About Paul Jarley

Opinionated dean working to improve the educational experience and prepare students to compete as business professionals

Administrative Professionals Rock

Wednesday is Administrative Professionals Day. Our AA’s work hard to make all of the rest of us look good. We should thank them everyday, not just on April 24th. Administrative Professionals Day always reminds me of Anne Marie. She set the standard for Administrative Pros at UCF and I think it most appropriate to repeat a blog post I wrote for her retirement party…


Today, Anne Marie retires from the UCF College of Business. We plan on sending her out in style. God knows she deserves it. Anne Marie has worked for at least four different deans and has solved an unimaginable number of problems, both real and perceived. Most of those issues never got to the dean’s door.

Deans love this. So, it came as no surprise that when I reached out to my predecessors and asked them to help me tell her story that they responded with enthusiasm. We share a fondness for this classy woman who lightened our burdens and endured our peculiarities with style and grace. I will try to be brief, but can’t resist being a little tongue and cheek along the way while I poke some fun at me and my predecessors in an effort to highlight her many talents…

As with most good things in the College, the never shy Dick Huseman takes credit. He told me in a recent phone call that he hired Anne Marie. Dick was in need of a new executive assistant and got a recommendation from someone in the community to give her an interview. I strongly suspect that Anne Marie was interviewing Dick more than the other way around, but somehow they came to terms. My guess is that, like most things, Anne Marie figured she could fix him.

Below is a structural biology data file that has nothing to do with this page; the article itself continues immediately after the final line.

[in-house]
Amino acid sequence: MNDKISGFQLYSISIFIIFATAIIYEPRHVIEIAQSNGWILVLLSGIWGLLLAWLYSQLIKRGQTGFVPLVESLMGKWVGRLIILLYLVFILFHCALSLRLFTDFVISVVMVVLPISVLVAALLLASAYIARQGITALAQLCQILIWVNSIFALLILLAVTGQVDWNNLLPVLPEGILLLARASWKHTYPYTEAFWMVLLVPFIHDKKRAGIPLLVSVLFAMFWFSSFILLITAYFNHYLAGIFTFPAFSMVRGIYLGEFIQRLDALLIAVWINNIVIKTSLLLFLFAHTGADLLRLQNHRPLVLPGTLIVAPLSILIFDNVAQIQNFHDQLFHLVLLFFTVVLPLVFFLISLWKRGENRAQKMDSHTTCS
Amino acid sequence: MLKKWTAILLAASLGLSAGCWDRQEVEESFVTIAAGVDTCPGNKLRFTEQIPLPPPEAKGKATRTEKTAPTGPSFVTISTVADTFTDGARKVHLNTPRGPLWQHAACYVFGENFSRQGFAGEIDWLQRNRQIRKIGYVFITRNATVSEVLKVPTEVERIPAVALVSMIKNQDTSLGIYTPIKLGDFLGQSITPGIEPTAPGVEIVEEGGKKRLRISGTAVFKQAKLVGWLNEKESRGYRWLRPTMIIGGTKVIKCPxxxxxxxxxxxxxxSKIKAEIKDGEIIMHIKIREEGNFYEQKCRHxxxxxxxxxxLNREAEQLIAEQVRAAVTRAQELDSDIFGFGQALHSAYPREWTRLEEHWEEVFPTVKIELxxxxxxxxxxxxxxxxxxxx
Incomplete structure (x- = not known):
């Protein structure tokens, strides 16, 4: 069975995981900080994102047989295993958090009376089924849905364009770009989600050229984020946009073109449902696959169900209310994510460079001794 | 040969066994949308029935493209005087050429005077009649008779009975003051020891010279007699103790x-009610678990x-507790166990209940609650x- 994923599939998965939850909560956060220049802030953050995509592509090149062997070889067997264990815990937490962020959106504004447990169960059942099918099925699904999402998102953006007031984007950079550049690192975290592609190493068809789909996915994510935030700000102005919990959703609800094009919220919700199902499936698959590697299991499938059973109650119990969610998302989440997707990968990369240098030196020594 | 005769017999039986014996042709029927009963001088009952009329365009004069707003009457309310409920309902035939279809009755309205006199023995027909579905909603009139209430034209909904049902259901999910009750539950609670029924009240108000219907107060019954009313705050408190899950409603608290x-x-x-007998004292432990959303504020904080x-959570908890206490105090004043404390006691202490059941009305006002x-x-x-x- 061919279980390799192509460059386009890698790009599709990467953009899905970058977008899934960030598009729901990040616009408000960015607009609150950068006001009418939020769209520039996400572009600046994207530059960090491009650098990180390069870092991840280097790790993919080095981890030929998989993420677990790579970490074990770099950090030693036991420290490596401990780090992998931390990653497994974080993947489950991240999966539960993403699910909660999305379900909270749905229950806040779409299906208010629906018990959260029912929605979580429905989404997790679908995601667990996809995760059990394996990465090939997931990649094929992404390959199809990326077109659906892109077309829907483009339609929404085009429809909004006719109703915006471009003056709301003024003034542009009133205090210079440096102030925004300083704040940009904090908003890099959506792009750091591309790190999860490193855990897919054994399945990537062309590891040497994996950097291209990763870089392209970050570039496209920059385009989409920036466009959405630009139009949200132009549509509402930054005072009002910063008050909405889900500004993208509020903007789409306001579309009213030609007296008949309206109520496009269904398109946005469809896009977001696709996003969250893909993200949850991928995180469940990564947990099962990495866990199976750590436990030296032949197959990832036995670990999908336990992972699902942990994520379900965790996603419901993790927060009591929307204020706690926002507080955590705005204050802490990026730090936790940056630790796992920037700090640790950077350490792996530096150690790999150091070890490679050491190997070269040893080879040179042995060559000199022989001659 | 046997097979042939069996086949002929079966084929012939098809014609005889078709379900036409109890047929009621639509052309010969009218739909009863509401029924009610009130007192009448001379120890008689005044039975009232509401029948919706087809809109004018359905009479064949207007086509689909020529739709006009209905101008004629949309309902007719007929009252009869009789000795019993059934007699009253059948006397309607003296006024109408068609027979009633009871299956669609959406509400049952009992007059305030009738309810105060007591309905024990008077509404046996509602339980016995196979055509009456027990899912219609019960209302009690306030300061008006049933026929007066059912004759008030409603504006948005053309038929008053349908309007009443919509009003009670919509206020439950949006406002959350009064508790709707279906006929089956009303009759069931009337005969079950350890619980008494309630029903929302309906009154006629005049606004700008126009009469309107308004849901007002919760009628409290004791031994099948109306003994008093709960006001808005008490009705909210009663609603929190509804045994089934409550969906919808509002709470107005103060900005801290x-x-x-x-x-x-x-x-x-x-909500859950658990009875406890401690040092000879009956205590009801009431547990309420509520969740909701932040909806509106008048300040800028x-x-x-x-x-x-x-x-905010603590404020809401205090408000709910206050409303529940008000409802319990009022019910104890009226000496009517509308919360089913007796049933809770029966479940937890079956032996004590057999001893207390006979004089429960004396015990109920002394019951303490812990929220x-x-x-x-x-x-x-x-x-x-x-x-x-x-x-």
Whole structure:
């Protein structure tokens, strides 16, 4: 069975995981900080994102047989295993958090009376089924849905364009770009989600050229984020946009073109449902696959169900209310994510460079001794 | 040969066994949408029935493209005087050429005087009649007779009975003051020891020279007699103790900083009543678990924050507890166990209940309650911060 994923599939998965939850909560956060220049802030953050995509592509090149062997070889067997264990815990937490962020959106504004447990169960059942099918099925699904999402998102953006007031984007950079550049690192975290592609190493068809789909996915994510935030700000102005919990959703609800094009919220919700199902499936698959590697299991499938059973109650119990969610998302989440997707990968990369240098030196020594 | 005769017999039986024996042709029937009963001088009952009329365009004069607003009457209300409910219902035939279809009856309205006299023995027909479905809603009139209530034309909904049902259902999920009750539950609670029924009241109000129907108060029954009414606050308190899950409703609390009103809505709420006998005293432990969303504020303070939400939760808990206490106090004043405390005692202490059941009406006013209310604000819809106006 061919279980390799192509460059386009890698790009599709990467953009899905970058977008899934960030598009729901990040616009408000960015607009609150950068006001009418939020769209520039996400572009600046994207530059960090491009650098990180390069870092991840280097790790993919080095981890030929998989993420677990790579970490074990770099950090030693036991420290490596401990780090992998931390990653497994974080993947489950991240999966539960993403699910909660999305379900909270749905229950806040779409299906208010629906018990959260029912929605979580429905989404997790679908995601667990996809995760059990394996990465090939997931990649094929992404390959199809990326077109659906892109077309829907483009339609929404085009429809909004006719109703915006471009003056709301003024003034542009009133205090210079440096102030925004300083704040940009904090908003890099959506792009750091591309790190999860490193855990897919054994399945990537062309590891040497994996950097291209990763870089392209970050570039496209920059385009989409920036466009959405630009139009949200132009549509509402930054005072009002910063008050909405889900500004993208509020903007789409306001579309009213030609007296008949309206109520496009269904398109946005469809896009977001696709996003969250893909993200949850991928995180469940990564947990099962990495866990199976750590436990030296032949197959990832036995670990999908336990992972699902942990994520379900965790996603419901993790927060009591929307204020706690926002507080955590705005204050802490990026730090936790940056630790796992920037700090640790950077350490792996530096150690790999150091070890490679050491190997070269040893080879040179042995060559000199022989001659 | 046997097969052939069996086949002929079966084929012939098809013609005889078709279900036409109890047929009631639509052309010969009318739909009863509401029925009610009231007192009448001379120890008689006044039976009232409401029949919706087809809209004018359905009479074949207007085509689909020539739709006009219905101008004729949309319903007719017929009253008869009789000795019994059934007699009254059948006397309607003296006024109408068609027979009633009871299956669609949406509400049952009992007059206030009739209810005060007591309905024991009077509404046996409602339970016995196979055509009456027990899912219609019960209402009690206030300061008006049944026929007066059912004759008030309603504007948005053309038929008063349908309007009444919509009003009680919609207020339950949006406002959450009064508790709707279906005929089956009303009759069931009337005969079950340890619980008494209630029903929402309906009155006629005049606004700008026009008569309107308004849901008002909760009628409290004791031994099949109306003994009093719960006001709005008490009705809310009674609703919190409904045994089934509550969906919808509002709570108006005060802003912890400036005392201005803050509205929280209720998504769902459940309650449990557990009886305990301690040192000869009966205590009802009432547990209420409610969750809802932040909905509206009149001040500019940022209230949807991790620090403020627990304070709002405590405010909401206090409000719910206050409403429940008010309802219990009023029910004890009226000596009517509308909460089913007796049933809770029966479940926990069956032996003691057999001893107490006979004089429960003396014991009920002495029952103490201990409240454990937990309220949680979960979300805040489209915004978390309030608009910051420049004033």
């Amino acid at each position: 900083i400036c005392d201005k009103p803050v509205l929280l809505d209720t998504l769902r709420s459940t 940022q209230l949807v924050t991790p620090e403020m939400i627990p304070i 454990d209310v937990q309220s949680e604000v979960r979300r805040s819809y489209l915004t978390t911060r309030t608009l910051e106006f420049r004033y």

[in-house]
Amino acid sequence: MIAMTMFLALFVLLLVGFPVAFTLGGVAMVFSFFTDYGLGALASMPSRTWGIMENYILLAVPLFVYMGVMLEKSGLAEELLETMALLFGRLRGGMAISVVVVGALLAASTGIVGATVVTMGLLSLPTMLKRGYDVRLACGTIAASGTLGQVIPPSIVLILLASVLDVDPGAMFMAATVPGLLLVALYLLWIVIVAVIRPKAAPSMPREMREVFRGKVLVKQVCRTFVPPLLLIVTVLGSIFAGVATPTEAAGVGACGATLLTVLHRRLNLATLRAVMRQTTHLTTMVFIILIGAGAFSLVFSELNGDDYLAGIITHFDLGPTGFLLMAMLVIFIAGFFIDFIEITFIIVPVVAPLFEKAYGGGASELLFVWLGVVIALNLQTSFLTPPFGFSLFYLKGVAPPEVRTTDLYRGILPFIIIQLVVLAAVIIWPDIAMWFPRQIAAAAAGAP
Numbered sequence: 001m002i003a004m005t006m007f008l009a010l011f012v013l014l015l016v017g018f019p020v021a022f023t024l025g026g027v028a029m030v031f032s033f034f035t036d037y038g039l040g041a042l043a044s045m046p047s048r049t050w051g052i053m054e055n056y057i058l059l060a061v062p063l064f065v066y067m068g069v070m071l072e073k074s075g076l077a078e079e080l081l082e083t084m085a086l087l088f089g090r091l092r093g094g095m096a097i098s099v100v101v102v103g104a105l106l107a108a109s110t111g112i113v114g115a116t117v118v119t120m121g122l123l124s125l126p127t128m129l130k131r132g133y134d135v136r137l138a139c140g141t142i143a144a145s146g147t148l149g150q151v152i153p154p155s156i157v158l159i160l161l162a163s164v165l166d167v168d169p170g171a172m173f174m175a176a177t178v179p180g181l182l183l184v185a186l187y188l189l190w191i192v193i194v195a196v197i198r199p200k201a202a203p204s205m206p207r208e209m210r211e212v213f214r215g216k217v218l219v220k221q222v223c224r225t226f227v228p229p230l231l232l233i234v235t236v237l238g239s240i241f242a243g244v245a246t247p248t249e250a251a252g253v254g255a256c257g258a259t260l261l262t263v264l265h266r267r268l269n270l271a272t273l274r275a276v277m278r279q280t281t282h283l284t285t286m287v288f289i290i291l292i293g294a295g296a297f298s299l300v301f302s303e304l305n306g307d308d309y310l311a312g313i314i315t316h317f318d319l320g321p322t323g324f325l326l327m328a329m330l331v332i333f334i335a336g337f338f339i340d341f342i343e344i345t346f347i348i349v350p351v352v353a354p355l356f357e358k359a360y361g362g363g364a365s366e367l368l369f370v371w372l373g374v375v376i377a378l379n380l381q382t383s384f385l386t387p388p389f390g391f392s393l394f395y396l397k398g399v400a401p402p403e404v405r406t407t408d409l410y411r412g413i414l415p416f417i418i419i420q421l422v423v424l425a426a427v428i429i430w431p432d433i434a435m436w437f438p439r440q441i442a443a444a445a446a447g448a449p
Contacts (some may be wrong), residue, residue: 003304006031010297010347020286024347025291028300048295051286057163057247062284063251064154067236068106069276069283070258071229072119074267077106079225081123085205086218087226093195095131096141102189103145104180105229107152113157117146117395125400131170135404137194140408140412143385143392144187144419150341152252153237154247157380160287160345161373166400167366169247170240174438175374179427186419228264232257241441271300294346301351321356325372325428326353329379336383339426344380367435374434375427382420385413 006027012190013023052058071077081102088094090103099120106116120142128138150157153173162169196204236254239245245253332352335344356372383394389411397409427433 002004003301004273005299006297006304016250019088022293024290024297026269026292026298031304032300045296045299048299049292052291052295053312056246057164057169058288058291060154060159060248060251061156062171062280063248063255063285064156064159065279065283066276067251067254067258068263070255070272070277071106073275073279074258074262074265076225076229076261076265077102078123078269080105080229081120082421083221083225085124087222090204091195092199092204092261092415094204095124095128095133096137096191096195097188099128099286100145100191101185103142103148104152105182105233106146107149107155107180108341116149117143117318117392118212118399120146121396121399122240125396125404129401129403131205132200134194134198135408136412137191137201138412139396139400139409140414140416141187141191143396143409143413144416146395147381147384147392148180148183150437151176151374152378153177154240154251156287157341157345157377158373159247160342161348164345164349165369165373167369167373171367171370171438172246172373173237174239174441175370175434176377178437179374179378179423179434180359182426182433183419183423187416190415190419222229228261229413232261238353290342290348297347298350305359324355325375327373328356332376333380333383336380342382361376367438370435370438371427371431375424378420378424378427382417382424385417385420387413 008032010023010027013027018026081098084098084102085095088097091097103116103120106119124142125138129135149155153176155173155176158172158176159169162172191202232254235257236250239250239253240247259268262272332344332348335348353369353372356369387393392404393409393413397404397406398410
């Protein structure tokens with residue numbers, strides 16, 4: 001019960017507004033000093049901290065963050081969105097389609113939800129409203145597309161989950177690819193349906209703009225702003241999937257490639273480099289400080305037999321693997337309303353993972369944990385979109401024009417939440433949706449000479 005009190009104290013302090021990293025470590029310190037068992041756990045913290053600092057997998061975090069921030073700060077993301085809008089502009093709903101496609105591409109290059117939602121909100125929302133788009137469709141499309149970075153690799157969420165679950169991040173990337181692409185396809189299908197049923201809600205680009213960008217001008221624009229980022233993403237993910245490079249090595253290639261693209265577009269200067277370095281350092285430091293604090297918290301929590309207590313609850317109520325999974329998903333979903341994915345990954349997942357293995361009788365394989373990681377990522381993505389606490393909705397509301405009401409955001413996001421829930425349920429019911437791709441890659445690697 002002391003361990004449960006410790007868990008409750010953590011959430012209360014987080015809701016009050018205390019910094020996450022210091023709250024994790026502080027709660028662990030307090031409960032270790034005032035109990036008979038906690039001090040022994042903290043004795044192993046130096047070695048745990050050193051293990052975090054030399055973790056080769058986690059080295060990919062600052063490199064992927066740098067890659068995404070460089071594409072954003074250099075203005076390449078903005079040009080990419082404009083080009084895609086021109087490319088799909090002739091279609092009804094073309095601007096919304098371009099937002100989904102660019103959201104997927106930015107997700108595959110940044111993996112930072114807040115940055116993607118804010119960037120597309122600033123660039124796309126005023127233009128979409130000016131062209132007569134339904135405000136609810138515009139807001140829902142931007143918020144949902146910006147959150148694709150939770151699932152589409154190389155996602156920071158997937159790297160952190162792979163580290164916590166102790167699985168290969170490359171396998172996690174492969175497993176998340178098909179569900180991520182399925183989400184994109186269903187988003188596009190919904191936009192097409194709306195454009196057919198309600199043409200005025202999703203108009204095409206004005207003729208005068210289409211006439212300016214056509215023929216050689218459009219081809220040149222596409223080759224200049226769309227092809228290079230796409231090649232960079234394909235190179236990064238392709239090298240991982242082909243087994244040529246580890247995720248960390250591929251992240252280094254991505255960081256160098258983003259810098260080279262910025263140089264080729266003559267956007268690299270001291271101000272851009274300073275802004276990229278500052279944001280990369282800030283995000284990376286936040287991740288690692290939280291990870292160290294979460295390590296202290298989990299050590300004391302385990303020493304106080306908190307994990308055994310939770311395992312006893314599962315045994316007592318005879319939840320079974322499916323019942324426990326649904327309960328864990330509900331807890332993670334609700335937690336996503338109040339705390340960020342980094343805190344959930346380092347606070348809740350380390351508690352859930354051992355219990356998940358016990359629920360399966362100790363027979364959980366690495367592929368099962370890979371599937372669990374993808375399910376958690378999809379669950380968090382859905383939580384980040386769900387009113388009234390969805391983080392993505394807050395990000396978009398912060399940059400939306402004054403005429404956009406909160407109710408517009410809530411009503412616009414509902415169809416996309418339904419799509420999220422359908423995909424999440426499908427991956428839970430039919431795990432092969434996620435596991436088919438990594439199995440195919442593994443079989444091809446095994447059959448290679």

Dick quickly learned that he had found a terrific gate keeper who kept an ear to the ground and brought an air of professionalism to the College. This latter quality is strikingly apparent in one of my favorite photos in the college archive: It is of a dashing Dick leaning against the receptionist desk next to the immaculate Anne Marie, with a young Cindy Colon (looking like Annette Funicello) seated to his left. Every time I see that photo I think: I would definitely do business with these people.

It is a truism in dean searches that they always want the opposite of the last one. I am told that Tom Keon is as reserved as Dick is effervescent. He certainly did something right as he led the College through incredible change and growth. Not surprisingly, Tom gives Anne Marie equal billing in their success, writing..

….”Anne Marie de Govia, or as I fondly remember AM, was a true partner to me for the 14 years we worked together in the dean’s office at UCF. There are many wonderful traits that I could describe but I prefer to focus on just a few. First and foremost, AM is a true professional who never accepted less than perfect for any and all work that crossed her desk. Second, as dean, everyone that had contact with the office would remark on how helpful, how friendly, and what a joy she was to interact with at all times. And, of course, how lucky I was to have her as an assistant. Finally, she was a friend. She was always there to cheer, support, and provide a warm heart and ear to listen. I still miss her. God bless, and good luck, my friend and colleague.”

When Tom departed, Caribbean English collided with North Carolina speak. No one can smooth over a tense situation with a folksy response better than Foard Jones. Attackers leave both comforted and a bit confused. I suspect Anne Marie took on the role of translator. Foard acknowledges he certainly was in need of her help, writing…

…”Sophisticated, warm, intelligent, and dedicated are just a few ways to describe Anne Marie De Govia. I could not have asked for a better chief of staff and partner in crime. I quickly found myself using the word “we” a lot. As in “Anne Marie, how should we handle this?” or “what should we do now?” But more than her administrative acumen and experience, I could count on her easy laugh, humor, and tales of Carnival to make the day a little brighter and less insane. Sometimes you just get lucky. I surely did with the opportunity to work alongside Anne Marie. She made a difference in the lives of many in many ways.”

Then came the guy from Vegas, as direct as Foard is subtle. By the time I came to UCF, it was Anne Marie’s College. I would regularly remark that while people in the College didn’t know each other very well that everyone knew Anne Marie. The College it seemed flowed through her, perhaps because she was charged with helping everyone figure the new guy out.